The powerful trio Backyard Tire Fire opened with a short, intense set. Having seen them the previous week at the Wanee Festival, I was surprised by how much better they sounded within the confines of a club. They plowed through their set, and even welcomed out MOFRO’s saxophonist for a slow, funky “If It Makes You Feel Good Its Alright.” The other highlight was the humorous “How In Hell Did You Get Back Here,” which mashed together country lyrics with punk attitude.
04.22 :: SF by Flanigan
Beneath pictures of two curling snakes and the phrase “County Ghetto” draped across a pair of gigantic banners, singer/guitarist/organist JJ Grey and his band MOFRO strutted confidently onto the stage just after 11:30 p.m. The Florida born bandleader admitted to the swelling crowd how much fun he’s had on the current tour, and how he’d been looking forward to this particular night. After his first sip (of many) from what appeared to be a glass of whiskey, Grey turned up his snazzy looking Gibson SG and unleashed an onslaught of raw, emotive guitar-driven rock songs. The self-confidence exuded by Grey was borderline cocky but provided an edgy chip-on-the-shoulder feel to the music. “Dirtfloorcracker” was a perfect example – gritty funk undertones complemented Grey’s raspy full vocals, slick guitar solo and a mid-section jam that included the children’s song “Jimmy Crack Corn.” Other highlights included a slow, foot-stomping “Country Ghetto” and an impressive “Cool Jerk” jam that focused on individual solos.
All three of these groups played solid sets, and helped draw attention to a worthy cause.
Continue reading for San Francisco’s Green Apple celebration…
By: Nick Boeka
The citywide festival was a great success and offered performances from many premiere acts including Willie Nelson, Railroad Earth, Tea Leaf Green, Yonder Mountain String Band, and The Greyboy Allstars, who closed out the San Francisco portion of Green Apple with a Sunday night performance at The Independent. In true festival fashion there were many collaborations over the weekend. Sit-ins were reported at nearly every event, unique bands created from the talent around town.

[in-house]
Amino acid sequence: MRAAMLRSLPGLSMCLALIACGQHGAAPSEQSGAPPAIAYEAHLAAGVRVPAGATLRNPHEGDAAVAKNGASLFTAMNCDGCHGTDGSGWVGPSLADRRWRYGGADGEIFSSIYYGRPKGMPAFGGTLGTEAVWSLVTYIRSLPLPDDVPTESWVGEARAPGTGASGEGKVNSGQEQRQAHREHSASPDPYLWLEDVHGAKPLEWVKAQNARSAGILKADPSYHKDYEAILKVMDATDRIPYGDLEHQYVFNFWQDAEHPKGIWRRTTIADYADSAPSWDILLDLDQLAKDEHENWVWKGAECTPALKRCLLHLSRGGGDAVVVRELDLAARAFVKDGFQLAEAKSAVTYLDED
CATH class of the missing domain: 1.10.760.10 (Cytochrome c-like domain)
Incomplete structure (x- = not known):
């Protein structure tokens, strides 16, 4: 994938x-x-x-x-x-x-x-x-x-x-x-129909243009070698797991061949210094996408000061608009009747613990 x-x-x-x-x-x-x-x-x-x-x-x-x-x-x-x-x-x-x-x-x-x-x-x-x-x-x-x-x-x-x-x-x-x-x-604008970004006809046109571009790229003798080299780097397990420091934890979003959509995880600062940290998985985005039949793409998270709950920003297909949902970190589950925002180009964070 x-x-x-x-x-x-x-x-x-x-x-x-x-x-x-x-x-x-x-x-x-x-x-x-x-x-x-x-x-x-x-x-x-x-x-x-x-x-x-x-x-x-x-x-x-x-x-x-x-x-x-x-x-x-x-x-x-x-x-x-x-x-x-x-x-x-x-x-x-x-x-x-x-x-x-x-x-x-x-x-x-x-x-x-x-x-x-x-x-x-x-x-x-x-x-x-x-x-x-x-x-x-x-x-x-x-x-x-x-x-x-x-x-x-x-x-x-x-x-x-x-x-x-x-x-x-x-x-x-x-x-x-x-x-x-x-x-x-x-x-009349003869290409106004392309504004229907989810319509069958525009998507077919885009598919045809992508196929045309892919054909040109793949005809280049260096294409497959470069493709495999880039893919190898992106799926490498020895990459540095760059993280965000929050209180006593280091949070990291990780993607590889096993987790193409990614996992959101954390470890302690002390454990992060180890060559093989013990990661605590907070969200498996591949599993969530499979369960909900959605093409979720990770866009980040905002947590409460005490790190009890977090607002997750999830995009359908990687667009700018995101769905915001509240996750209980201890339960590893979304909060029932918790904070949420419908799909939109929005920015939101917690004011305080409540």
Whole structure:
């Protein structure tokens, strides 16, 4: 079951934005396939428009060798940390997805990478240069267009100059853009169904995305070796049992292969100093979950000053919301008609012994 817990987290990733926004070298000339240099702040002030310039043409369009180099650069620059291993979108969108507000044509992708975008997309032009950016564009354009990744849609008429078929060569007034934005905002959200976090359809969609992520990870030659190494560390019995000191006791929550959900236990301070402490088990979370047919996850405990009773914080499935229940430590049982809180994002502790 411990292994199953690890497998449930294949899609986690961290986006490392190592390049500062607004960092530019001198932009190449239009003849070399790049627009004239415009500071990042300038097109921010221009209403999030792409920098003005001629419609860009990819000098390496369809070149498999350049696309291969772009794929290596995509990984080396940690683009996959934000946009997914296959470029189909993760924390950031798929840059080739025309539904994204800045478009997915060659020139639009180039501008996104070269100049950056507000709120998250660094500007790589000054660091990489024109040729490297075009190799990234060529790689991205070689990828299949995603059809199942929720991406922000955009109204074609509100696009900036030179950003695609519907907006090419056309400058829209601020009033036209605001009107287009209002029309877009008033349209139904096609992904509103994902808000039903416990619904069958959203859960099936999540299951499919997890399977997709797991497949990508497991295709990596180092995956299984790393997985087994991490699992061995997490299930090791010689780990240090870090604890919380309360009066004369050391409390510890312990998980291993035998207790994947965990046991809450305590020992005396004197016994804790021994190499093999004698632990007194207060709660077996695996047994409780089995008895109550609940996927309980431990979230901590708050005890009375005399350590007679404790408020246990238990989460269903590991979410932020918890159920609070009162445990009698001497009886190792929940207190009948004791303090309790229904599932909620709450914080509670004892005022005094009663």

4.20 by Flanigan
Returning to the 12 Galaxies, Falcor and Friends presented the funkiest band from across the pond, The New Mastersounds, and the powerful Big Organ Trio for a Hammond filled night. Both very impressive bands in their own right, but together the vintage intensity shook bodies into motion.
Jonah Smith started his set to a growing crowd before noon. The New York City based singer/songwriter has been on tour supporting Martin Sexton, who also performed at the SF event. Smith has a unique approach, performing in front of his piano or switching to guitar after he’s started a loop. His short set was a perfect start to this day in the park.
Martin Sexton was next, and the Massachusetts guitarist/songwriter had a stage presence as big as his voice. Two songs in, “Candy” provided great lyrics and a vocal solo that emulated a lead guitar. Midway through the set, the band circled around two microphones for a stripped-down jug band feel, offering great renditions of Johnny Cash’s classic “Folsom Prison Blues” and Billy Preston’s “Will It Go Round in Circles” that made the crowd sing.
As the afternoon drew on, the stage was cleared to make room for the nine-piece Stephen Marley Band, who caused the field to suddenly swarm with folks eager for the sounds of Jamaica. The festival was quickly transformed into a scene from Burnin & Lootin. Looking around, it was inspiring to see an event bring together such a diverse group of people. Midway through the set, Marley was joined by Damian “Jr. Gong” Marley who played MC for the rest of the set, which included a medley that included “Could You Be Loved.” Stephen Marley performed again later that evening at the Fillmore.
This extremely successful debut weekend for the Green Apple Festival in San Francisco prompted a lot of positive comments from attendees at various events around the city.